Tag Archives: Campaign Finance Reform

Campaign Bill Splits Democrats

According to CQ Politics, the current version of the new campaign finance bill is splitting Democrats in the house, and well it should.

But what is most important to note here is the fatal flaw in campaign finance reform–the fact that it is crafted by politicians pursuing their interests.  That is the value of free speech–it cuts in every direction.  With this bill politicians try to balance the free speech rights of unions vs business, the NRA vs other interest groups, and particular politicians and their desire to please (or displease) other interests.

That is the genius of the constitution as written:  Free speech for everyone, especially in the political sphere.

From Preserving Democracy, page 153 of the new paperback edition:

Thus our system of government was set up as a republic, where we vote, not on issues directly, but for representatives, who would then cast votes for us. Yet representative democracy has its dangers as well. If the representative does not represent the will of the people the system breaks down.

But now we have representatives decided which people they should represent.

Citizens United Case with the FEC

In the continuing debate about just how much speech can be restricted in the name of campaign finance reform, the FEC has just given Citizens United a victory, in this case allowing it a press exemption for some of its media productions.

It seems odd that so many argue that restricting the money, or its sources, which makes dissemination of speech possible is somehow not restricting free speech.

Elgin Husbheck, Jr. commented on the logical problems with campaign finance reform in Preserving Democracy (p. 112 & xxx) of the forthcoming paperback edition:

In this discussion I have focused on religion, but pretty much the same thing has happened in many other areas. For example the Free Speech clause was originally intended to protect political speech. Not only has it been greatly extended to include things like child pornography, but now this has been turned on its head to the point that political speech is about the only speech the government can control and limit. (p. 112)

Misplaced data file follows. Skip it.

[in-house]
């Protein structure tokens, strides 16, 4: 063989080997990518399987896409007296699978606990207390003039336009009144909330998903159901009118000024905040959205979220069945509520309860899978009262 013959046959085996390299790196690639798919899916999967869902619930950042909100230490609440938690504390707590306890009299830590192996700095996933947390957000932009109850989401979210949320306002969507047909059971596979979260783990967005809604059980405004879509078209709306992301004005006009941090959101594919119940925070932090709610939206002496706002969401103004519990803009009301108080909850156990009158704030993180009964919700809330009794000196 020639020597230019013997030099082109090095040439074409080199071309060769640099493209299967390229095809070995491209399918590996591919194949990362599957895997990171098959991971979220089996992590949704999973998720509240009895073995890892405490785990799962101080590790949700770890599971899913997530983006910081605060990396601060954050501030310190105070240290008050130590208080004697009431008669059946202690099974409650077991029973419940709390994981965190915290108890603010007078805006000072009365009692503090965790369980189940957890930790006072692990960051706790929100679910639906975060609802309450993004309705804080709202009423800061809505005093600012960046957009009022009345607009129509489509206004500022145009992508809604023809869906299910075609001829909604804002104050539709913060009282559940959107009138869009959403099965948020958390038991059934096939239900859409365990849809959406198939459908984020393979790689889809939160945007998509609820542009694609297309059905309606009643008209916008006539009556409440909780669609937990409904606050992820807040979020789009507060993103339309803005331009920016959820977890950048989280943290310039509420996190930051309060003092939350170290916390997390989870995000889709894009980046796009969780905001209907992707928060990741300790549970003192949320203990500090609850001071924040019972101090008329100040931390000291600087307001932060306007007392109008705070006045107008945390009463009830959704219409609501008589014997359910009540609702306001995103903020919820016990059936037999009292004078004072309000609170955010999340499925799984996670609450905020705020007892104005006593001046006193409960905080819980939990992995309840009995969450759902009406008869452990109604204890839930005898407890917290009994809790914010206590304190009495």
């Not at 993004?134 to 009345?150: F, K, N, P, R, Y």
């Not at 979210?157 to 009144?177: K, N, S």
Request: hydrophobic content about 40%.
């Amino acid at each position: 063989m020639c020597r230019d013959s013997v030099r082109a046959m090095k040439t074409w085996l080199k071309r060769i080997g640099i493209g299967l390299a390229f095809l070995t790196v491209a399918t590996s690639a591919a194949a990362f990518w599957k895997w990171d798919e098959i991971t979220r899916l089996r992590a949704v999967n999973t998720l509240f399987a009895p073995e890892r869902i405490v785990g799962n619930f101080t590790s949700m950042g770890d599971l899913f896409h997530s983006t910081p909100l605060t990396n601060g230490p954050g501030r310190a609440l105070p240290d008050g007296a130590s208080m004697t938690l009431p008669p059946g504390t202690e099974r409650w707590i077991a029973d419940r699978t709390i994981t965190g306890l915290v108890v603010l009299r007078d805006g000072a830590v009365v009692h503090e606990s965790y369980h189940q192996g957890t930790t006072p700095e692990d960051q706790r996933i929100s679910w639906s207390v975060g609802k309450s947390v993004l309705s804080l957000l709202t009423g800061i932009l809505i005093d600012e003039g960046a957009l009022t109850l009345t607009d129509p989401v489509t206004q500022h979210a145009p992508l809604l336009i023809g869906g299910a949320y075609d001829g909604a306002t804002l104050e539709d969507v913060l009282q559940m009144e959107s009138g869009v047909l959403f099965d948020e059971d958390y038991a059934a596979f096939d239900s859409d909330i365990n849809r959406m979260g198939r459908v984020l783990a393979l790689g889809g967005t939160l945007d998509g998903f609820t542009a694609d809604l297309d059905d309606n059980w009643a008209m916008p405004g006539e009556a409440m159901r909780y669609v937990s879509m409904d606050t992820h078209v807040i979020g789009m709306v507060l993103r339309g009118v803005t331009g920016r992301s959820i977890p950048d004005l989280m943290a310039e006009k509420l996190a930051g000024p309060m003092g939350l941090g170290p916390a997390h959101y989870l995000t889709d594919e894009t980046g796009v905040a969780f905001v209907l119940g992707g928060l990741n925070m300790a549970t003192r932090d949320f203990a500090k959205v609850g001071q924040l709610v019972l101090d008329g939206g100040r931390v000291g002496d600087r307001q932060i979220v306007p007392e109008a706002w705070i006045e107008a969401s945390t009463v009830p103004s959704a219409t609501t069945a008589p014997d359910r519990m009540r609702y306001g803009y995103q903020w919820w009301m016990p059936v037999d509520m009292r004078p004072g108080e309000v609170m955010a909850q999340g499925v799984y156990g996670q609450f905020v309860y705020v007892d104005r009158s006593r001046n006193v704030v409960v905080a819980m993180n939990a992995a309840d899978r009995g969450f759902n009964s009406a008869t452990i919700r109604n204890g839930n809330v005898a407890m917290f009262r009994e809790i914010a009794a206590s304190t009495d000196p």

But rather than abandon this approach as a failure, the push in the late 1990s was to even further expand campaign finance reform laws with a new bill sponsored by Senators McCain and Feingold.  Proving that the failure of planning and control only produces more planning and control, not only did the McCain-Feingold bill impose a whole new layer of controls, it took the unprecedented step of attempting to limit political speech 90 days prior to an election. Even many politicians who voted for the bill believed that such a limit on free speech was clearly unconstitutional, and they expected the Supreme Court to toss out those limits.

In late 2003, however, the court surprised a lot of people and upheld McCain-Feingold, including the limits on political speech 90 days before an election.172 While there was a lot of celebrating among supporters of the bill, it did not last long. (p. 166)

At least at the moment we are backing away from the worst aspects of this “reform” but there are those who are not happy with this new freedom of speech.



Cato@Liberty (deals with the earlier court case and congressional attempts to override, not the current FEC decision)


Election Law Blog

Mother Jones (discusses the way unions are exploiting the ruling and congress is looking at making different rules for unions than for corporations.)

Ann Althouse

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